The Munda Dictionary Project

How to use the dictionaries

Since The Munda Dictionary Project aims to offer dictionaries in an easy-to-read format to a wider audience, we try to avoid scientific terms and abbreviations whenever possible. However, some linguistic terms and abbreviations are necessary and cannot be dispensed with. These are listed below and briefly explained.


List of abbreviations: Word classes and tags for the classification of words

ADJ - adjective
ADV - adverb
CONJ - conjunction
DEM - demonstrative
FUNC - functional or grammatical morphemes (there is a distinction between an open class (contentive morphemes) and a closed class (funtional/grammatical morphemes, proforms, deictics, grammatical morphemes) in Kharia)
GRAM - grammatical morpheme / word (a word or morpheme with a grammatical function ('function word')
INTERJ - interjunction
N - noun
NUM - numeral
OPEN - open class (there is a distinction between an open class (contentive morphemes) and a closed class (funtional/grammatical morphemes, proforms, deictics, grammatical morphemes) in Kharia)
PRON - pronoun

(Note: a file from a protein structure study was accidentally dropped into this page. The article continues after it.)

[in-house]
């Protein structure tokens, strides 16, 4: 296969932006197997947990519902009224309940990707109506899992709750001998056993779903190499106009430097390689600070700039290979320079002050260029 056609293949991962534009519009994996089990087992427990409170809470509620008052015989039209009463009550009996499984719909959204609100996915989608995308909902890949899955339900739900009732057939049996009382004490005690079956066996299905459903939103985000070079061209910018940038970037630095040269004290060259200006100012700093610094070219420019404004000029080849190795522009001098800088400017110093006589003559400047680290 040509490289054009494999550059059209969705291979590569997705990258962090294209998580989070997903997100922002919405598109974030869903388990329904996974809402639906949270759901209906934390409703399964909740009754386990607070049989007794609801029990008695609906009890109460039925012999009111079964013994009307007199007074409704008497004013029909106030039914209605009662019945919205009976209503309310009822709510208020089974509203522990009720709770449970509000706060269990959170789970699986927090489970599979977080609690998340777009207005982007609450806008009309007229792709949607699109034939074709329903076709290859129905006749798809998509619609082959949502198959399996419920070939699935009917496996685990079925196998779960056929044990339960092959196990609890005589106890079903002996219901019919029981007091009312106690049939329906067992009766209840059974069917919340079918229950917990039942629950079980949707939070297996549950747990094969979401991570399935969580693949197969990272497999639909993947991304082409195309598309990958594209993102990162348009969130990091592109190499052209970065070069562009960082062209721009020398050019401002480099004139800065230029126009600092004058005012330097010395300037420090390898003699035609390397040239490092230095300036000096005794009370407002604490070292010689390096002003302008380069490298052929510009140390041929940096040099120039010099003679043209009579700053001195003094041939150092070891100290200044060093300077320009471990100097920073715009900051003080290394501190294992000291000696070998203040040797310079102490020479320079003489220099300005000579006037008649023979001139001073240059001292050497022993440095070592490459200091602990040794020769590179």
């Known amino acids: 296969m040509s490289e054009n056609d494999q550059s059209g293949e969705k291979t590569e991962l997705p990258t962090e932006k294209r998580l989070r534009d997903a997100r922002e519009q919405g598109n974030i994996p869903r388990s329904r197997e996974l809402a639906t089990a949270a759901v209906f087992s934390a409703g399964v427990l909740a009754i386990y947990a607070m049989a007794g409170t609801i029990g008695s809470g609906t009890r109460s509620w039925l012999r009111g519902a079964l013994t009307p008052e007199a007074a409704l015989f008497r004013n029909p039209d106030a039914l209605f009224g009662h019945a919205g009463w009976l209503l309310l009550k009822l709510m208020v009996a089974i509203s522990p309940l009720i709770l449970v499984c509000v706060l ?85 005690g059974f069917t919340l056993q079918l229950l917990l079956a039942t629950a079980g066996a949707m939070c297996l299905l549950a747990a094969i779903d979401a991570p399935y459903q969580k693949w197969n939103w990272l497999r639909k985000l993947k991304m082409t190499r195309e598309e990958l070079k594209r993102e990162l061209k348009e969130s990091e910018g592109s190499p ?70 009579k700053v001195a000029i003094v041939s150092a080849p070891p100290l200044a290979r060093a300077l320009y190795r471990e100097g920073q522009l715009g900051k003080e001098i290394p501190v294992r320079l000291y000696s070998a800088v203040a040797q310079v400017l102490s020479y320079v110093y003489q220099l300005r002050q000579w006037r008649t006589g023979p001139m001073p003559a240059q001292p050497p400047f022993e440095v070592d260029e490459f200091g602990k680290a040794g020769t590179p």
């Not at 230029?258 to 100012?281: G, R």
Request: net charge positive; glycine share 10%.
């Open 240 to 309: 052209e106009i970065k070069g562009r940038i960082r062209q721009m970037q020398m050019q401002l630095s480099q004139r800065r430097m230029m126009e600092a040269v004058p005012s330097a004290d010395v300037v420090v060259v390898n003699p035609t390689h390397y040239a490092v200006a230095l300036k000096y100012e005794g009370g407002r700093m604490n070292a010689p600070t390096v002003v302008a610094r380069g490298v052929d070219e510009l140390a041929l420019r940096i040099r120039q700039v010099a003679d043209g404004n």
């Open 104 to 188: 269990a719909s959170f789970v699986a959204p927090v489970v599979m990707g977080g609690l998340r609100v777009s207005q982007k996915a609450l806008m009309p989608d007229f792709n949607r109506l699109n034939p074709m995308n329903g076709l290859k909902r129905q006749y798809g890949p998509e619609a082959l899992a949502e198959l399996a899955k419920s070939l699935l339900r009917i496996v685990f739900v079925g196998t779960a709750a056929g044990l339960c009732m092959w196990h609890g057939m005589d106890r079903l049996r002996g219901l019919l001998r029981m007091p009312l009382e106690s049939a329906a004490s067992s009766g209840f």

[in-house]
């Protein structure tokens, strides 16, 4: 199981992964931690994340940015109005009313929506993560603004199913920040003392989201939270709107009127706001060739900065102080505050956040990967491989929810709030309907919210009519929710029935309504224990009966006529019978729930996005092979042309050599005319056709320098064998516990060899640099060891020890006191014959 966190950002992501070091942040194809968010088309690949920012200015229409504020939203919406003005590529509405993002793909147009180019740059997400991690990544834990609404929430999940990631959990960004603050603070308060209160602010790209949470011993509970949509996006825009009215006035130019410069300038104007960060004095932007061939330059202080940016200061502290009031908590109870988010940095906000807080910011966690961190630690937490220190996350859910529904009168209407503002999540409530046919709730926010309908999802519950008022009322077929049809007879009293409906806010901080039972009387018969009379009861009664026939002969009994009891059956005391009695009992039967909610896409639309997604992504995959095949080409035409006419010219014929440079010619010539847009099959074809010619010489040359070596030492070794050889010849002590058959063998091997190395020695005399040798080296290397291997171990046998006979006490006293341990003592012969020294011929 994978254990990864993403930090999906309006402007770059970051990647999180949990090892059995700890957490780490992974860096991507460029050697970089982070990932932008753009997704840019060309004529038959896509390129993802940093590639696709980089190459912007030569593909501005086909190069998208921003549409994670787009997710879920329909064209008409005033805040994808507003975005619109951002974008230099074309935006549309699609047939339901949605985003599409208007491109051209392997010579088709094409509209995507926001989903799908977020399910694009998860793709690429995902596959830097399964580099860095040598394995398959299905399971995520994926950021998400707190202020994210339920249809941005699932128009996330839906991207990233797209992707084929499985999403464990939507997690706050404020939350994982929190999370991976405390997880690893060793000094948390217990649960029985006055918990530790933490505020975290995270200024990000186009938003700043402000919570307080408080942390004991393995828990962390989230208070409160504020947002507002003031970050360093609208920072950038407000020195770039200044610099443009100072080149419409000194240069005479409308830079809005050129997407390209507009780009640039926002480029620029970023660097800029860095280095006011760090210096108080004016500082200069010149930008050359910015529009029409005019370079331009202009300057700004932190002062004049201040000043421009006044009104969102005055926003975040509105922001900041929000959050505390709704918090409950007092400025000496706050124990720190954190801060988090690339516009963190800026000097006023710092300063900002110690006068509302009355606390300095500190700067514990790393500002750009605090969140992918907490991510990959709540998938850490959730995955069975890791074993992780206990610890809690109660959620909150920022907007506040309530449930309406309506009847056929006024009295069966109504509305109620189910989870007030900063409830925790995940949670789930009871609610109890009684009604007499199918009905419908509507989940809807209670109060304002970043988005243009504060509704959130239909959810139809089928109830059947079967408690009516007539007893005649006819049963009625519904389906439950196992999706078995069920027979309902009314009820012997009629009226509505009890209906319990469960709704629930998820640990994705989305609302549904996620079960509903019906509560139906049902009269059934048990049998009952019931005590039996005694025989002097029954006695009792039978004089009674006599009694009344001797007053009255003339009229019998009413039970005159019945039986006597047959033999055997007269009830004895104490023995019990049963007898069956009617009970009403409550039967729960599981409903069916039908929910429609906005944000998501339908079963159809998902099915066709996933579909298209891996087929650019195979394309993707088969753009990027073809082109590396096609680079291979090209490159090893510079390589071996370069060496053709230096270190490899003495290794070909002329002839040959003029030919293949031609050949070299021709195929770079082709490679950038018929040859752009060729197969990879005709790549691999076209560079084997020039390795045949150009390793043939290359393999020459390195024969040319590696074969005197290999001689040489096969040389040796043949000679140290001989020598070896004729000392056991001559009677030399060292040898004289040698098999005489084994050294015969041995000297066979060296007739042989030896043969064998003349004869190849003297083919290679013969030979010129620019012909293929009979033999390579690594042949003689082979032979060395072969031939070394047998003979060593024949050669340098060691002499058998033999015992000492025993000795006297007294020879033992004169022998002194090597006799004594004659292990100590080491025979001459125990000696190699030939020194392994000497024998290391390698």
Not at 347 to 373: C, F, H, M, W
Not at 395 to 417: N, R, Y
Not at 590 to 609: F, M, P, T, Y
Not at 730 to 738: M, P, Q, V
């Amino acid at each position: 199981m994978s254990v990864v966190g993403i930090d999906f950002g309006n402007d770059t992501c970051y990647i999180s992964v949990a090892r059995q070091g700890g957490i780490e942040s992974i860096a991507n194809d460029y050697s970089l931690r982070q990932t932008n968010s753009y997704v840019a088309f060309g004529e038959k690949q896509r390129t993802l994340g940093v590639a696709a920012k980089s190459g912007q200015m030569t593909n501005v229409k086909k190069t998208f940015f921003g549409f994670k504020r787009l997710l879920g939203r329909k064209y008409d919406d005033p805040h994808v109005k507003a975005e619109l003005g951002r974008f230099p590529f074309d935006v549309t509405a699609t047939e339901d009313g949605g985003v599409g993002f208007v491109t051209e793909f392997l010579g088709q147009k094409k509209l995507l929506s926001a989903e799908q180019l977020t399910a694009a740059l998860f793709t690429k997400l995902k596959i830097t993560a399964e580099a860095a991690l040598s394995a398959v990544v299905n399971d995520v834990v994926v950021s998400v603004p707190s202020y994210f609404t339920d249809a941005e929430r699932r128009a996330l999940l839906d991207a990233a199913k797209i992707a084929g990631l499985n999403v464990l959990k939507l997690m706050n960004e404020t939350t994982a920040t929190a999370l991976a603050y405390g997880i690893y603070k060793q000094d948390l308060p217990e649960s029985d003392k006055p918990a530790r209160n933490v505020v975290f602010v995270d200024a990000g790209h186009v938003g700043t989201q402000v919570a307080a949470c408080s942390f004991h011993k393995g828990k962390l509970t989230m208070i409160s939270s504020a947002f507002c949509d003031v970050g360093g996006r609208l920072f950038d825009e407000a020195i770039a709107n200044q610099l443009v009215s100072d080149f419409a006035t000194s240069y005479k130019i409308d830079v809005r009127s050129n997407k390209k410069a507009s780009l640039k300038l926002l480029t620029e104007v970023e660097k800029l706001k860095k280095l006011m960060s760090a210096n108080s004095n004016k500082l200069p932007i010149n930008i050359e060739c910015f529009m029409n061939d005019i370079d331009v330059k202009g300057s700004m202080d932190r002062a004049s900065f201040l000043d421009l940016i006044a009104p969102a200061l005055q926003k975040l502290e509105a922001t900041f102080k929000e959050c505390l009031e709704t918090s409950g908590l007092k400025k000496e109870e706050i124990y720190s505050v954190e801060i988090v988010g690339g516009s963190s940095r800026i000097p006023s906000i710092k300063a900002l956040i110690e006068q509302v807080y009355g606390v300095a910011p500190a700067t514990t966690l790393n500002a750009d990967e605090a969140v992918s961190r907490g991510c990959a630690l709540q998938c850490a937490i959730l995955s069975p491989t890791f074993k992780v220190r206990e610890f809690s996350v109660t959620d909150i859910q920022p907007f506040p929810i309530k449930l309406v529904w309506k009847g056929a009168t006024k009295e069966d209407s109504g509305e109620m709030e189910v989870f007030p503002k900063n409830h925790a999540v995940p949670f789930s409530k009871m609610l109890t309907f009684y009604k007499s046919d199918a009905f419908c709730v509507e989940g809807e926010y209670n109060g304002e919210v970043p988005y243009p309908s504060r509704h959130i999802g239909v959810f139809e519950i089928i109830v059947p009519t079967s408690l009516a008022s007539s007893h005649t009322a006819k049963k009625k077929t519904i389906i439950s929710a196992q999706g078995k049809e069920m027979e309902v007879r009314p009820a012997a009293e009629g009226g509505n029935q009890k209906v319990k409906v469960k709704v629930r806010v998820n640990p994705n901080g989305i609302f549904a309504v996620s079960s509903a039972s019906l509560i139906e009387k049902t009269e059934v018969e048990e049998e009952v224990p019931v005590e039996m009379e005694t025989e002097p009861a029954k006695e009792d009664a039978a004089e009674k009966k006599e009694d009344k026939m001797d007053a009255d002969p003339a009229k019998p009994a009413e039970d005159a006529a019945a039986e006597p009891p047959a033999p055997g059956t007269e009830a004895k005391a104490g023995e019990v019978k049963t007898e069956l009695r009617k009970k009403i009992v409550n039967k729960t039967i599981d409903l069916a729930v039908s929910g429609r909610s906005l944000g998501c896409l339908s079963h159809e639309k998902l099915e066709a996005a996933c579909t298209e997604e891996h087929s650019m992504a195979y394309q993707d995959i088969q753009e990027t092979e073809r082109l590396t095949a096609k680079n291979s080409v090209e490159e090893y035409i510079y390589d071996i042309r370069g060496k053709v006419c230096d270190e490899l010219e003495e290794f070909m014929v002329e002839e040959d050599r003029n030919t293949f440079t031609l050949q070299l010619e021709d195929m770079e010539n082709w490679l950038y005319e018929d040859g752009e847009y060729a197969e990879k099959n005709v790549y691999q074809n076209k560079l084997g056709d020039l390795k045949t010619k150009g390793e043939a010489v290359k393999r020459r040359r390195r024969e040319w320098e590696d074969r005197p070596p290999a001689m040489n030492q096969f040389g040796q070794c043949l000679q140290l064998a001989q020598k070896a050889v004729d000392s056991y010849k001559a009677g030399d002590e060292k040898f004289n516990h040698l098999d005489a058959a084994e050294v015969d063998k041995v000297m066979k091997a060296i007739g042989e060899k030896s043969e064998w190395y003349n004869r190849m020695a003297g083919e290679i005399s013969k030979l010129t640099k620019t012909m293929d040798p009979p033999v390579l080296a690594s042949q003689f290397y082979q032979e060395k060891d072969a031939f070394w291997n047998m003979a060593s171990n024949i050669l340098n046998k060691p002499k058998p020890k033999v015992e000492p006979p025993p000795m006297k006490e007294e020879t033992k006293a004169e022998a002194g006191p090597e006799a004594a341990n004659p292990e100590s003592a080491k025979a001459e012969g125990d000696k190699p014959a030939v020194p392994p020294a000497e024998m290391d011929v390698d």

V - verb (in languages in which there is a distinction between v1 and v2 or v:itr and v:tr, this classification is used for uncertain cases)
V:ITR - intransitive verb
V:TR - transitive verb
V1 / V2 - the distinction between and the meaning of the verbal "classes" V1 and V2 are language-specific. For more information, grammars of the respective language should be consulted



List of abbreviations: Other linguistic terms

ABL - ablative
CAUS - causative
CLASS - (numeral) classifier
CVB - converb
DU - dual
FOC - focus
GEN - genitive
HON - honorific
INCL - inclusive
INDEF - indefinite
INF - infinitive
INST - instrumental
INTR - intransitive
IPFV - imperfective
IRR - irrealis
MID - middle voice
OBL - oblique
POSS - possession
PL - plural
PERF - perfect
REFL - reflexive
PERS - grammatical marker of person
PRS - present tense
PROG - progressive
PST - past tense
PTCP - participle
SG - singular


Graphemes and phonetic symbols

The symbols used in the dictionaries follow the conventions of the respective sources but have been unified wherever possible, based (often somewhat loosely) on the International Phonetic Alphabet (IPA). However, a certain degree of ambiguity regarding the symbols cannot be avoided in a cross-linguistic project such as this, especially since the different authors do not always use these symbols systematically. In case of doubt, the respective work should be consulted directly.

The full IPA chart can be found here for those who are not familiar with it:
https://www.internationalphoneticassociation.org/content/full-ipa-chart